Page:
Holiday Homestretch

Holiday-HomestretchWith 37 days left in 2014, families and organizations are undoubtedly feeling the pressure of holiday crunch time. I’m pretty guilty of waiting last minute to buy all of my Christmas presents, but when it comes to prepping for the next year I try hard not to lose my focus and keep it going.

This time of year it really does feel like everything is working against you, though. The dreary weather sometimes makes it impossible for you to even get into the office, unexpected family visiting, hysteria at every store you visit regardless of what you want to buy…. It seems endless. During this chaos though is when you need to carve time to review how the year has been, since you’ll be busy the next couple of weeks preparing for 2015.

Revisit Your Earlier Goals – Hopefully you made a list of goals at the beginning of the year to guide your business. With so little time left in the year, you shouldn’t be looking at your list and attempt a mad dash to the finish. Rather, it’s a time to look at your list and see what has worked well for you. Hopefully you’ll find that you not only surpassed some goals, but that you also surpassed goals you added on a little later in the year. You’re bound to find something that was meant to be your focus that you may have let slip through the cracks…

Tie Up Lose Ends – If you do see a few loose ends that you were supposed to focus on for the year, you should do one of two things: (a) see why you weren’t able to meet this goal and attempt it next year or (b) decide if you should make it a priority for the coming year or if it’s actually a critical goal. Losing sight of a particular goal isn’t always a bad thing. Perhaps you subconsciously realized that this goal wasn’t essential to growing your business – especially if you’ve experienced tremendous growth in the year without it. On the flip side, if your business didn’t grow as quickly as you expected, then you should probably make it a priority in 2015.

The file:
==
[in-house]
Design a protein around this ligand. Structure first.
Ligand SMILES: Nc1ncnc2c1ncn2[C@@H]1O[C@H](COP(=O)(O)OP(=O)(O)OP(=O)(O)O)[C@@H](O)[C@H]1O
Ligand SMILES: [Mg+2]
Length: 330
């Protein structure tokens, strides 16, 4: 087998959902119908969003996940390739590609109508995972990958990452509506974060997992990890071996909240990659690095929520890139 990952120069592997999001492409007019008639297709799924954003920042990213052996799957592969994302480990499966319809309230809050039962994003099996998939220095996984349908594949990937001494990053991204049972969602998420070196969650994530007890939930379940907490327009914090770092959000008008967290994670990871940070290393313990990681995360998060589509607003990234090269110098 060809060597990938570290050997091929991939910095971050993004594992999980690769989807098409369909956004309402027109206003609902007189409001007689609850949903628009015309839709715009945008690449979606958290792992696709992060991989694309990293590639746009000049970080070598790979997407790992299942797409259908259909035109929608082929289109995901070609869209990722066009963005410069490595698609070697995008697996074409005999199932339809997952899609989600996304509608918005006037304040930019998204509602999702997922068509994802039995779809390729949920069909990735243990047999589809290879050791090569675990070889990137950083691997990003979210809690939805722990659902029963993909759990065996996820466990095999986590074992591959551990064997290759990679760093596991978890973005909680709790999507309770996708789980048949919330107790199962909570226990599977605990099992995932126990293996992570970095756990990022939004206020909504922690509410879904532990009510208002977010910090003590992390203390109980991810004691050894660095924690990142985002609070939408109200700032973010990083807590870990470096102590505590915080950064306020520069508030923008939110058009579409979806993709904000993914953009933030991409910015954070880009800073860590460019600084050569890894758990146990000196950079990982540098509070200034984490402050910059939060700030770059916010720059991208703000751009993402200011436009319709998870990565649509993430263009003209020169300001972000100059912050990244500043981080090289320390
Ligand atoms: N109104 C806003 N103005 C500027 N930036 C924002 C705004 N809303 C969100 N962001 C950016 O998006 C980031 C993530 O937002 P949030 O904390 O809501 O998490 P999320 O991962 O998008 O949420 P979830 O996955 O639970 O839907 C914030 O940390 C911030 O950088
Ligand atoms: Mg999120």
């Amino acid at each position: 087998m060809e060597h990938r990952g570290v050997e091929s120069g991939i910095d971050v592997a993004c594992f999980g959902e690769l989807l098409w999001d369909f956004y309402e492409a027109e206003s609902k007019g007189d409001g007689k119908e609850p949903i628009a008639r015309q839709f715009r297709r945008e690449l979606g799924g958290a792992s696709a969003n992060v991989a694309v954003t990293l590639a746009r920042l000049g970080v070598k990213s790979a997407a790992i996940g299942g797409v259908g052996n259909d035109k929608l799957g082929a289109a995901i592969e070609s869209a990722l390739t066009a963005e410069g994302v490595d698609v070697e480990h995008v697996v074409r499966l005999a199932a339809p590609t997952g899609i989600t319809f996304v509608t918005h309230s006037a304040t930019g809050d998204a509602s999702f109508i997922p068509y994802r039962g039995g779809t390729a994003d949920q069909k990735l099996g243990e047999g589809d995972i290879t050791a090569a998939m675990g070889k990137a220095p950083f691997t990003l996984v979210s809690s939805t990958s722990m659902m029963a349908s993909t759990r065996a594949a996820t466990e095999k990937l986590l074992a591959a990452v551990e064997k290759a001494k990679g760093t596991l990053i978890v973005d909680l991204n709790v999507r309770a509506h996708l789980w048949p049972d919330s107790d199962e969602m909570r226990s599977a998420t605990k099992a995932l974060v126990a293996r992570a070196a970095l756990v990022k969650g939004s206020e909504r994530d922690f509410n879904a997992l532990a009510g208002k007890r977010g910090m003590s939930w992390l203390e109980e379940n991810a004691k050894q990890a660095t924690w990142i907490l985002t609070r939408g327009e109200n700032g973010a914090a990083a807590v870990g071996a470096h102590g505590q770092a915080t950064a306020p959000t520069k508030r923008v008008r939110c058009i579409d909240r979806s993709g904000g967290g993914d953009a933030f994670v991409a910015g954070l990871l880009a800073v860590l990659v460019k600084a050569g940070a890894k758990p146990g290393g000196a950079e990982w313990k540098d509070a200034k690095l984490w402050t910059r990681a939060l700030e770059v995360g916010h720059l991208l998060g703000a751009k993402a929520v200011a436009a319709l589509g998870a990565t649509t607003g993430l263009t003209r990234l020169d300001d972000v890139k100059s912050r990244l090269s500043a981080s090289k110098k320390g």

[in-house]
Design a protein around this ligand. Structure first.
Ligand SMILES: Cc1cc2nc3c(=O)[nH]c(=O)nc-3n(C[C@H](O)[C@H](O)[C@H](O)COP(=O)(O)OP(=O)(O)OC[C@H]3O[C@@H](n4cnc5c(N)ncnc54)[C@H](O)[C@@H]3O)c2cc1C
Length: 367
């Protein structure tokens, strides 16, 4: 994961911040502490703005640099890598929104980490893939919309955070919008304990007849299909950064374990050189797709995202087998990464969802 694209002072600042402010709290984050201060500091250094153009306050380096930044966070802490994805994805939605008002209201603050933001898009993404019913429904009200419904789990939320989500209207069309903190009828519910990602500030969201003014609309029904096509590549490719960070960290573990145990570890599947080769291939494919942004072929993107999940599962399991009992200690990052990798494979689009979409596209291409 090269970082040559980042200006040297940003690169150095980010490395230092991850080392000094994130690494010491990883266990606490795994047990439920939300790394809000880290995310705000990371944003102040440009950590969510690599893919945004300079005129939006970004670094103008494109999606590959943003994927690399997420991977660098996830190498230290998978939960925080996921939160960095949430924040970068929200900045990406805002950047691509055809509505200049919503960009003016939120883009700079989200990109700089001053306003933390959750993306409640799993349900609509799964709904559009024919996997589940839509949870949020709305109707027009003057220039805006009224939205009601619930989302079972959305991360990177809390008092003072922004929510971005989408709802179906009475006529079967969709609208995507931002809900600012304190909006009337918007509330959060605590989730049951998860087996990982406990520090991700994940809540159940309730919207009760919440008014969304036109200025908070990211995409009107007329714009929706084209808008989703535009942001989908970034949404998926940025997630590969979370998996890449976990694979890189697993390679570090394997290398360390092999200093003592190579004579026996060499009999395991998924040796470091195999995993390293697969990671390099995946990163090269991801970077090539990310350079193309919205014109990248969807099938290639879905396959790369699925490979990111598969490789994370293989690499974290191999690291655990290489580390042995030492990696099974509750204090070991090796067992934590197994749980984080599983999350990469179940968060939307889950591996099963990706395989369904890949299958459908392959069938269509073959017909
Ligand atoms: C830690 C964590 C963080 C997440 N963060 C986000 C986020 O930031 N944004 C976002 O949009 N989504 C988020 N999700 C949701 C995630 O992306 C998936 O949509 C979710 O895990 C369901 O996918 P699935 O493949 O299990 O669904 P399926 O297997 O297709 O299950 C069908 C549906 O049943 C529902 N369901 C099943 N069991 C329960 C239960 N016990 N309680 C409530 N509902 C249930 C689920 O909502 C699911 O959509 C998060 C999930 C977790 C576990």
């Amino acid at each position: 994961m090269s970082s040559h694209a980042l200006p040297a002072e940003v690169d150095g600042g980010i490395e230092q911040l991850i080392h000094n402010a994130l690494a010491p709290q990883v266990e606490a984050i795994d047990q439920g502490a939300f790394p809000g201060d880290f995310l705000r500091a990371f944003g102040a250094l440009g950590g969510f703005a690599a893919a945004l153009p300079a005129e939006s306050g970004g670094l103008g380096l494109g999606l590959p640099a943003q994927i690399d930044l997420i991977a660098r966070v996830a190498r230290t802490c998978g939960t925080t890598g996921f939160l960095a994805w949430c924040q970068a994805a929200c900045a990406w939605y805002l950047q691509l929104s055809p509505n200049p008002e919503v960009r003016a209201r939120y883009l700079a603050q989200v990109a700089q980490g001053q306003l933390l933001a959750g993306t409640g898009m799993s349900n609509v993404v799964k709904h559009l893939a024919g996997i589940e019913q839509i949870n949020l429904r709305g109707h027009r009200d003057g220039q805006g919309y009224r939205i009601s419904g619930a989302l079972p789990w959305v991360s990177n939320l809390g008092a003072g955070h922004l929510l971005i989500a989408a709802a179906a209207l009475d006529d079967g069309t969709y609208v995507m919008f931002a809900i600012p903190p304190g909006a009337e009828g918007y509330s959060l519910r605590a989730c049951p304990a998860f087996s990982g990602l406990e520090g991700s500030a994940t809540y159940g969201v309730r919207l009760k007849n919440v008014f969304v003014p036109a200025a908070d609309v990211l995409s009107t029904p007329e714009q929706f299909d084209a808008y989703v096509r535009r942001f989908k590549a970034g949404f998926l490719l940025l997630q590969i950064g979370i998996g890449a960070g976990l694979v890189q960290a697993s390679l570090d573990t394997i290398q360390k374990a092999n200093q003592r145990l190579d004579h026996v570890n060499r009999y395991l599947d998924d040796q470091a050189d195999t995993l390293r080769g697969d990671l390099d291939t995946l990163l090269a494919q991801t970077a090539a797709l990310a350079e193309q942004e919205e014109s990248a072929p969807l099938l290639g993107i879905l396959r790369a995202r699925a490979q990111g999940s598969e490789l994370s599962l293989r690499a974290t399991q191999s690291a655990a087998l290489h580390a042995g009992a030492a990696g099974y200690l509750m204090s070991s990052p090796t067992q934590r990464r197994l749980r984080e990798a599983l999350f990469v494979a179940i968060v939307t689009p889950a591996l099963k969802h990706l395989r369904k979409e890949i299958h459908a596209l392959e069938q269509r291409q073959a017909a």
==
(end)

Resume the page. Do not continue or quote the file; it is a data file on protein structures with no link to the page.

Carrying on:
Plan Your Time Off Accordingly – You’re not seriously planning on neglecting your family over the holidays, are you? No matter what holiday you observe, this time of year is important to spend with your family. I’ve talked about balance before, but I can’t stress how important it is to actually put your phone and computer down for a bit and spend time with loved ones. I can completely sympathize if a 100% disconnect is impossible, but don’t completely neglect your family either!

I’m very interested to know what your game plan is for the final weeks of the year. Please share your thoughts with me in the comments!

Pruning the Tree

With the calendar now midway through November, winter is definitely in the air. One of my routines for this time of year is to prepare the gardens around my property for the coming winter by pruning the shrubs and trees. As you might know, pruning trees is helpful for a variety of reasons:

  • to remove dead or diseased branches
  • to thin the crown to permit new growth and better air circulation
  • to remove obstructing lower branches
  • to shape a tree for design purposes

Okay, so I confess that I’m not actually the one out in the backyard with snips trimming branches but I do know the critical importance to the health, safety and aesthetics of my trees and shrubs that the annual pruning exercise means.

So what is your point Frank, I’ll bet your wondering. Quite simply, I find that there is an astonishing parallel between maintaining a garden and ensuring you have a healthy and growing company. Let me break it down a bit.

Trimming the dead branches

First, I’ll describe the practice of trimming away dead branches. There are three main benefits of cutting off dead or diseased branches from trees and shrubs:  it makes way for new growth to sprout and flourish, it mitigates the spread of disease and it improves the beauty of the tree.